After a tumultuous several years including bankruptcy in 2009 and losing the right in 2010 to use his own business name to Sandawana Holdings Ltd. (the buyer of his intellectual property), Henry Dunay, “the father of the American school of jewelry design,” is back in the design seat at his own HDD Inc. in New York City.
Since 2010, he’s been quietly crafting one-offs for private clients and retailers. Dunay recently created a suite of pink topaz pieces for Somewhere in the Rainbow in Scottsdale, Ariz., a hands-on educational agency that maintains an extensive gem and jewelry collection. “We are all about collecting fine gemstones and having great designers make iconic pieces for the collection,” explains curator and manager Shelly Sergent. “It’s almost impossible to have a modern and contemporary jewelry collection without Henry Dunay.”
For his part, Dunay says he’s just fine partnering with old industry friends on custom designs that benefit from his decades of experience. “I’m more involved with the customers now,” he adds.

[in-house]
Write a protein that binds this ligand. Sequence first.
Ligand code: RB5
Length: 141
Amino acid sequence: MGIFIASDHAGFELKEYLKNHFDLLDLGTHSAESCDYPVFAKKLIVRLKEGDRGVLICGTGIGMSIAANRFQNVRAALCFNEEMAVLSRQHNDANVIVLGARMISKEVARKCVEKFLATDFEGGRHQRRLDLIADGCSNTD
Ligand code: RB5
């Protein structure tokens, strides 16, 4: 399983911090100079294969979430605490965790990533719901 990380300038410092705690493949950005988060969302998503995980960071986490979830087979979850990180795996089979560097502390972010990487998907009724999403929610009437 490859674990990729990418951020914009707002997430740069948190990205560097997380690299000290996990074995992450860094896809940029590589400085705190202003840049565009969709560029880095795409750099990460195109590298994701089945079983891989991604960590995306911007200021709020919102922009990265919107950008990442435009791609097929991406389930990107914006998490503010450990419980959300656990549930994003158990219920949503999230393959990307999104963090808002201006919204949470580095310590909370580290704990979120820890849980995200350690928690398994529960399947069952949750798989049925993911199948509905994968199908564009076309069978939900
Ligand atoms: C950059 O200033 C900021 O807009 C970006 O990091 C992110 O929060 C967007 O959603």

Co-extruded band in 18k gold and black titanium; $799; Spectore, Deerfield Beach, Fla.; 800-422-0220; spectore.com
Metallurgist/jeweler/alternative-metal pioneer Edward Rosenberg might have outdone himself with his More Than One initiative, debuting at JCK.
The premise of the 15-years-in-the-making technology—which molecularly incorporates gold (among other metals) into titanium and other alternative metals—”is to deliver a new look in precious metal jewelry at a reasonable price,” says Rosenberg, CEO of Deerfield Beach, Fla.–based Edward Mirell and its parent, Spectore Corp. The debut collection comprises 25 SKUs, starting at $249 retail.
Fluctuating metals prices and increasingly emaciated-looking gold jewelry inspired Rosenberg to look for a solution beyond mere bonded metals. “It’s not so much about weight reduction as it is about look, durability, and the way pieces wear,” he says.